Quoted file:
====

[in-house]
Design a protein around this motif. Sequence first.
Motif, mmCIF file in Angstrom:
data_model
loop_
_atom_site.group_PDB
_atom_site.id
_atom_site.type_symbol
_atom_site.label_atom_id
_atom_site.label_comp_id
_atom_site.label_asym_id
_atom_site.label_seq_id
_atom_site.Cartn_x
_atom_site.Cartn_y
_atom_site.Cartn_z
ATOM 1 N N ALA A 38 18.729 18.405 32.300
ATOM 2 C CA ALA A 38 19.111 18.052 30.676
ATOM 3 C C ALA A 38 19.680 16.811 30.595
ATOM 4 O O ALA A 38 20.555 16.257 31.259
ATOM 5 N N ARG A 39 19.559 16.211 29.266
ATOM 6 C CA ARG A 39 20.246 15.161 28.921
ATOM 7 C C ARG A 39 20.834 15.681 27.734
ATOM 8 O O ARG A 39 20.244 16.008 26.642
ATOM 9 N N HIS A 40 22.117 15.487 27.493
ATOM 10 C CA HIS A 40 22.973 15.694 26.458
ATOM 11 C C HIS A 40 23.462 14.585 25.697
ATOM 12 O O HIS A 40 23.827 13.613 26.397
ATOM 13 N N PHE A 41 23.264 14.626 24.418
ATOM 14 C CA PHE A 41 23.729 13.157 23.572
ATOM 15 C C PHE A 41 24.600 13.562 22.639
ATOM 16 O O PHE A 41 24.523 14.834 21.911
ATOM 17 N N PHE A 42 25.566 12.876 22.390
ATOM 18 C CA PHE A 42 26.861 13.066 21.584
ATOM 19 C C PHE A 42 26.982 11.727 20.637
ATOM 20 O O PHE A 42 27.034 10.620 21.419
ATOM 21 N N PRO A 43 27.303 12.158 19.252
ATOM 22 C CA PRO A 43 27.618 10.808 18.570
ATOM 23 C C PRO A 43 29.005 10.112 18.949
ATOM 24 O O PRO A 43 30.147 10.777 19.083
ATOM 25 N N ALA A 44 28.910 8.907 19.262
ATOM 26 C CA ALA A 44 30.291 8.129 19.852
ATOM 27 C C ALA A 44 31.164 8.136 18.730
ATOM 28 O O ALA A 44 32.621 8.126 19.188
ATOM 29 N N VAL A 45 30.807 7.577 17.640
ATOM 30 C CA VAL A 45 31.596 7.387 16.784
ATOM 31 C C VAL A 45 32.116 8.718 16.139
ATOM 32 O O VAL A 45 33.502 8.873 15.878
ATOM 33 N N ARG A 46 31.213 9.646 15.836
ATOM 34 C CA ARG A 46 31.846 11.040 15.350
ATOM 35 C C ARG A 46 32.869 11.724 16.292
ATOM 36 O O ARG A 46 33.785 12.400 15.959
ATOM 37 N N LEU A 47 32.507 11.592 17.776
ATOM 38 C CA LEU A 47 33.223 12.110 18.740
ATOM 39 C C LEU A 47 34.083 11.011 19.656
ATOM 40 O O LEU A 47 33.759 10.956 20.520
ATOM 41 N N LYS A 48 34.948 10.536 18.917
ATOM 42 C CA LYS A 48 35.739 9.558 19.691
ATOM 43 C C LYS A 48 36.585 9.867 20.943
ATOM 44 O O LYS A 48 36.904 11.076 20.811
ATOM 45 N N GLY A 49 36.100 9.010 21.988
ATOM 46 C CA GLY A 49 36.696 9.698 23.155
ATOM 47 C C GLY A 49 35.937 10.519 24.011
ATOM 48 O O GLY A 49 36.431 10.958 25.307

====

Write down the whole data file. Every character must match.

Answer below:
[in-house]
Design a protein around this motif. Sequence first.
Motif, mmCIF file in Angstrom:
data_model
loop_
_atom_site.group_PDB
_atom_site.id
_atom_site.type_symbol
_atom_site.label_atom_id
_atom_site.label_comp_id
_atom_site.label_asym_id
_atom_site.label_seq_id
_atom_site.Cartn_x
_atom_site.Cartn_y
_atom_site.Cartn_z
ATOM 1 N N ALA A 38 18.729 18.405 32.300
ATOM 2 C CA ALA A 38 19.111 18.052 30.676
ATOM 3 C C ALA A 38 19.680 16.811 30.595
ATOM 4 O O ALA A 38 20.555 16.257 31.259
ATOM 5 N N ARG A 39 19.559 16.211 29.266
ATOM 6 C CA ARG A 39 20.246 15.161 28.921
ATOM 7 C C ARG A 39 20.834 15.681 27.734
ATOM 8 O O ARG A 39 20.244 16.008 26.642
ATOM 9 N N HIS A 40 22.117 15.487 27.493
ATOM 10 C CA HIS A 40 22.973 15.694 26.458
ATOM 11 C C HIS A 40 23.462 14.585 25.697
ATOM 12 O O HIS A 40 23.827 13.613 26.397
ATOM 13 N N PHE A 41 23.264 14.626 24.418
ATOM 14 C CA PHE A 41 23.729 13.157 23.572
ATOM 15 C C PHE A 41 24.600 13.562 22.639
ATOM 16 O O PHE A 41 24.523 14.834 21.911
ATOM 17 N N PHE A 42 25.566 12.876 22.390
ATOM 18 C CA PHE A 42 26.861 13.066 21.584
ATOM 19 C C PHE A 42 26.982 11.727 20.637
ATOM 20 O O PHE A 42 27.034 10.620 21.419
ATOM 21 N N PRO A 43 27.303 12.158 19.252
ATOM 22 C CA PRO A 43 27.618 10.808 18.570
ATOM 23 C C PRO A 43 29.005 10.112 18.949
ATOM 24 O O PRO A 43 30.147 10.777 19.083
ATOM 25 N N ALA A 44 28.910 8.907 19.262
ATOM 26 C CA ALA A 44 30.291 8.129 19.852
ATOM 27 C C ALA A 44 31.164 8.136 18.730
ATOM 28 O O ALA A 44 32.621 8.126 19.188
ATOM 29 N N VAL A 45 30.807 7.577 17.640
ATOM 30 C CA VAL A 45 31.596 7.387 16.784
ATOM 31 C C VAL A 45 32.116 8.718 16.139
ATOM 32 O O VAL A 45 33.502 8.873 15.878
ATOM 33 N N ARG A 46 31.213 9.646 15.836
ATOM 34 C CA ARG A 46 31.846 11.040 15.350
ATOM 35 C C ARG A 46 32.869 11.724 16.292
ATOM 36 O O ARG A 46 33.785 12.400 15.959
ATOM 37 N N LEU A 47 32.507 11.592 17.776
ATOM 38 C CA LEU A 47 33.223 12.110 18.740
ATOM 39 C C LEU A 47 34.083 11.011 19.656
ATOM 40 O O LEU A 47 33.759 10.956 20.520
ATOM 41 N N LYS A 48 34.948 10.536 18.917
ATOM 42 C CA LYS A 48 35.739 9.558 19.691
ATOM 43 C C LYS A 48 36.585 9.867 20.943
ATOM 44 O O LYS A 48 36.904 11.076 20.811
ATOM 45 N N GLY A 49 36.100 9.010 21.988
ATOM 46 C CA GLY A 49 36.696 9.698 23.155
ATOM 47 C C GLY A 49 35.937 10.519 24.011
ATOM 48 O O GLY A 49 36.431 10.958 25.307